The entirely open-source gadget comes as a DIY kit that can be purchased or built from scratch. Want one of your own? Check out Bent’z Kickstarter page here, and see the LittleArm in action below (including some of its dance moves).
If you live with your family, a significant other or a few roommates, and you’re looking for a fun prank to drive them nuts, Connor Nishijima has the perfect trick for you: an Arduino cricket. Unlike actual crickets that are relatively consistent with the sounds they make, this one is a far cry from that. Instead, the Maker’s project will chirp for a brief second, and then go into a deep sleep for a random amount of time between three minutes and three hours. As you could imagine, this can make the source of the noise extremely difficult to pinpoint!
Nishijima combined the JeeLib library for reducing current consumption and his new library for 8-bit volume control to bring the insanely annoying “cricket” to life using nothing more than a speaker, a 7800mAh USB battery, and an Arduino. The best part? He estimates that the setup has enough juice to last for months, if not years. In his case, he enclosed the electronics within a box along with some magnets, then placed it in his vent to mess with his buddy.
For the lowest current comsumption with minimal effort, I’ll be using a 16MHz Arduino Pro Micro with a few power-hog components like the power LED desoldered. Unfortunately, the PWM speeds needed for my Volume lib only work well at 16MHz so far, so using 8MHz to conserve power is out.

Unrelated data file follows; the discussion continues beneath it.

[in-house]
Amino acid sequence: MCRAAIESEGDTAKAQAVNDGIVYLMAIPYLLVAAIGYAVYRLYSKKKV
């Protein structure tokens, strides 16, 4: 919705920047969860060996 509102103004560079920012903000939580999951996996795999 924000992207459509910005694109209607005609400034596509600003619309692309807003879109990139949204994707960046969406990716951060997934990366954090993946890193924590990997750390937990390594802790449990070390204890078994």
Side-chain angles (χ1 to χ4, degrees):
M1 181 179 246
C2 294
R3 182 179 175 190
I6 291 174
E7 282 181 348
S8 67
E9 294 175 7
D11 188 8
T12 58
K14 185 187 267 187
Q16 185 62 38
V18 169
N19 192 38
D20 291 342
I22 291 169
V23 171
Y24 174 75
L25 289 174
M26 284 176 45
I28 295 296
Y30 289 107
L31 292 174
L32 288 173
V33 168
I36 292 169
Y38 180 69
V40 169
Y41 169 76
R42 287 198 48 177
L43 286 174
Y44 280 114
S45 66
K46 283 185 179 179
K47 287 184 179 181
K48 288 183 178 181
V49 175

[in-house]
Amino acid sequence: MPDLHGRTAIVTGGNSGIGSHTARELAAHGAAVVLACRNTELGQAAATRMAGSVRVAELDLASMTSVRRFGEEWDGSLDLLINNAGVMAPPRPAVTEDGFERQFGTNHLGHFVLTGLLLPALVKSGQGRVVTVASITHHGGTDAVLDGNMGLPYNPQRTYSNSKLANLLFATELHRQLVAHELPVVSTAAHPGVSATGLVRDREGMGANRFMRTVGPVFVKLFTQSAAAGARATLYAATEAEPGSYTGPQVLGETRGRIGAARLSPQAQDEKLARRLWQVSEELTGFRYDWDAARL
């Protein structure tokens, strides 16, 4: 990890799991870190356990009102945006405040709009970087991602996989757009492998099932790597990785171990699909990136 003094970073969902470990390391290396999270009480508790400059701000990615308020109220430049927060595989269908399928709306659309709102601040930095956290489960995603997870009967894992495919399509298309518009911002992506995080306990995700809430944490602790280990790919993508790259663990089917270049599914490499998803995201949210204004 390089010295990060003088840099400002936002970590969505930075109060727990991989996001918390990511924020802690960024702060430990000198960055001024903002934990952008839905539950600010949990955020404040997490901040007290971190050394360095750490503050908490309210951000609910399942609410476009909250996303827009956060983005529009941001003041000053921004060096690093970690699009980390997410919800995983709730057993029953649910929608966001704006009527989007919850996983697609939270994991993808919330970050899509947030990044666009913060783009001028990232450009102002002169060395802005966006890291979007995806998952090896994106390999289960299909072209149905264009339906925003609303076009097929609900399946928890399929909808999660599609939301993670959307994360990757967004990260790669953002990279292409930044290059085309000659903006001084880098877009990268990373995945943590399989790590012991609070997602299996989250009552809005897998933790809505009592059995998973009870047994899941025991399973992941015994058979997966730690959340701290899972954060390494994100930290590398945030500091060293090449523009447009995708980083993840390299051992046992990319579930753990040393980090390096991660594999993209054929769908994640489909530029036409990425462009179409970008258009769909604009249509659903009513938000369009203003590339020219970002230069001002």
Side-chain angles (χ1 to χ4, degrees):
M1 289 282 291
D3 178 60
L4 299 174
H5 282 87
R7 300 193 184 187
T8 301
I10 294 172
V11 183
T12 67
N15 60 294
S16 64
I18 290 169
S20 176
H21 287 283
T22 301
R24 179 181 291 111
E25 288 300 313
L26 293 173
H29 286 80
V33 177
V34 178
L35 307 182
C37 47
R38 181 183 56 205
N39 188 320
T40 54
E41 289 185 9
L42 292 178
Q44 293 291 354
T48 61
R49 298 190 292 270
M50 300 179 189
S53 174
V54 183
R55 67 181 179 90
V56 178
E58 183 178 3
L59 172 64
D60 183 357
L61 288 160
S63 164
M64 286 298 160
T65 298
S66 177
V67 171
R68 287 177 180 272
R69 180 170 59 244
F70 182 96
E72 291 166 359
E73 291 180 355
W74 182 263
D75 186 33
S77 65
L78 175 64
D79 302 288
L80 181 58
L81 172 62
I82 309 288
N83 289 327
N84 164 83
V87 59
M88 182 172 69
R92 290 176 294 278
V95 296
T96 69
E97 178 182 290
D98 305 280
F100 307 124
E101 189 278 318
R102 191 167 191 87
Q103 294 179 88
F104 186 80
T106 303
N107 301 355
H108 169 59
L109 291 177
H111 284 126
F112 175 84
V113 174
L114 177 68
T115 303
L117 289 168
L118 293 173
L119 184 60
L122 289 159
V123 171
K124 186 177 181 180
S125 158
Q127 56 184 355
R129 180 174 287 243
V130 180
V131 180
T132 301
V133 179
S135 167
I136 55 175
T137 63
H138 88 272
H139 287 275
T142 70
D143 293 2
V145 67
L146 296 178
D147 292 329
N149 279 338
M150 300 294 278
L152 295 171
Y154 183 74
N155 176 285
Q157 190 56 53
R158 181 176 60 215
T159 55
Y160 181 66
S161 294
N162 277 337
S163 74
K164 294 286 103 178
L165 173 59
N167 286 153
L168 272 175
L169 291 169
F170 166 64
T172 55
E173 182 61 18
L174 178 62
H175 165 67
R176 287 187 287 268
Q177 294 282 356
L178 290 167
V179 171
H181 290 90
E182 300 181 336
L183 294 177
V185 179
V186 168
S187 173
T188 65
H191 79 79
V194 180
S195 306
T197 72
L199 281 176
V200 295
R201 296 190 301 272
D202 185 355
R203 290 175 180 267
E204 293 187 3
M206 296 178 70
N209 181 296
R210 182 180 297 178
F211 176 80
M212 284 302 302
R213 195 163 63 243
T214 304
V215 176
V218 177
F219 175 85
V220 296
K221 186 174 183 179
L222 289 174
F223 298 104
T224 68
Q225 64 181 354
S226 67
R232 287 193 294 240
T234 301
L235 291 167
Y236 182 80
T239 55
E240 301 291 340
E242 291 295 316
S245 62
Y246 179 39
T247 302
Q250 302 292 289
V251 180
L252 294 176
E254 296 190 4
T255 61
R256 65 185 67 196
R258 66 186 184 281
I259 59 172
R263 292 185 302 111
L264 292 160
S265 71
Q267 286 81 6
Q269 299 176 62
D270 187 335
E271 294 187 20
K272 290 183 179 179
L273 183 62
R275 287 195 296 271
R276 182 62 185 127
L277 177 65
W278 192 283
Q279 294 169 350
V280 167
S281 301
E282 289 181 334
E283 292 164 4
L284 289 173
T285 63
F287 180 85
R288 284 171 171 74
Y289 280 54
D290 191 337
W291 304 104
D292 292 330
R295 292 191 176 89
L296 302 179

However, the awesome battery calculator at Oregon Embeddedtells me that at 16mA “awake” current and 200uA “asleep” current (being asleep more than 95% of the time) this should last more than three years. Of course, the battery itself will have some drain involed with it’s circuitry, but even a FOURTH of the estimated battery life still puts us at almost a full year which is good enough for me, and bad enough for my friend.
Those wishing to give this prank a try can check out Nishijima’s videos below, as well as his code on GitHub.
Maker and astronomy enthusiast Görkem Bozkurt has built a GoTo telescope mount-inspired system that points and tracks any object in the sky using its celestial coordinates. The aptly named Star Track sports a 3D-printed structure along with a pair of Arduinos (an Uno and Nano), a gyroscope, an RTC module, two low-cost 5V stepper motors, and a laser pointer. Read the rest of this entry »